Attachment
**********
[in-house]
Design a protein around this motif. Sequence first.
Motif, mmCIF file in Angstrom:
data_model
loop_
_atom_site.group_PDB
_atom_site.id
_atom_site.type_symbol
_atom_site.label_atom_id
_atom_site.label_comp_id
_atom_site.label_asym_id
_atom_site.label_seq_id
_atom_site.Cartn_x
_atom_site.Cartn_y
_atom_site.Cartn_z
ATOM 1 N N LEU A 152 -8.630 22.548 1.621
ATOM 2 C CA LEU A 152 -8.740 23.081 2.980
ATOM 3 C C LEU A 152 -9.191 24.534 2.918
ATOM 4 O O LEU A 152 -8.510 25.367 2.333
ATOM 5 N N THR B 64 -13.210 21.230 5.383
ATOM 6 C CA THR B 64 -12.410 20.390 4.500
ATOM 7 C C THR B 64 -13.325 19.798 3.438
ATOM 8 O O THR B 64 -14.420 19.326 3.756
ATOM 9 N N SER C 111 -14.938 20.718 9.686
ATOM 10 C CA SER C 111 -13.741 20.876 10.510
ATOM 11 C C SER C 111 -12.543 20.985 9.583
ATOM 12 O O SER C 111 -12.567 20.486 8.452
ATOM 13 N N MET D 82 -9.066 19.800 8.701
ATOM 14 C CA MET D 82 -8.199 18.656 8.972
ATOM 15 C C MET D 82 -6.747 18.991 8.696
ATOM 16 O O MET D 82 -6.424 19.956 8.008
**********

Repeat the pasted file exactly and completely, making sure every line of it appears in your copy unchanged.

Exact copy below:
[in-house]
Design a protein around this motif. Sequence first.
Motif, mmCIF file in Angstrom:
data_model
loop_
_atom_site.group_PDB
_atom_site.id
_atom_site.type_symbol
_atom_site.label_atom_id
_atom_site.label_comp_id
_atom_site.label_asym_id
_atom_site.label_seq_id
_atom_site.Cartn_x
_atom_site.Cartn_y
_atom_site.Cartn_z
ATOM 1 N N LEU A 152 -8.630 22.548 1.621
ATOM 2 C CA LEU A 152 -8.740 23.081 2.980
ATOM 3 C C LEU A 152 -9.191 24.534 2.918
ATOM 4 O O LEU A 152 -8.510 25.367 2.333
ATOM 5 N N THR B 64 -13.210 21.230 5.383
ATOM 6 C CA THR B 64 -12.410 20.390 4.500
ATOM 7 C C THR B 64 -13.325 19.798 3.438
ATOM 8 O O THR B 64 -14.420 19.326 3.756
ATOM 9 N N SER C 111 -14.938 20.718 9.686
ATOM 10 C CA SER C 111 -13.741 20.876 10.510
ATOM 11 C C SER C 111 -12.543 20.985 9.583
ATOM 12 O O SER C 111 -12.567 20.486 8.452
ATOM 13 N N MET D 82 -9.066 19.800 8.701
ATOM 14 C CA MET D 82 -8.199 18.656 8.972
ATOM 15 C C MET D 82 -6.747 18.991 8.696
ATOM 16 O O MET D 82 -6.424 19.956 8.008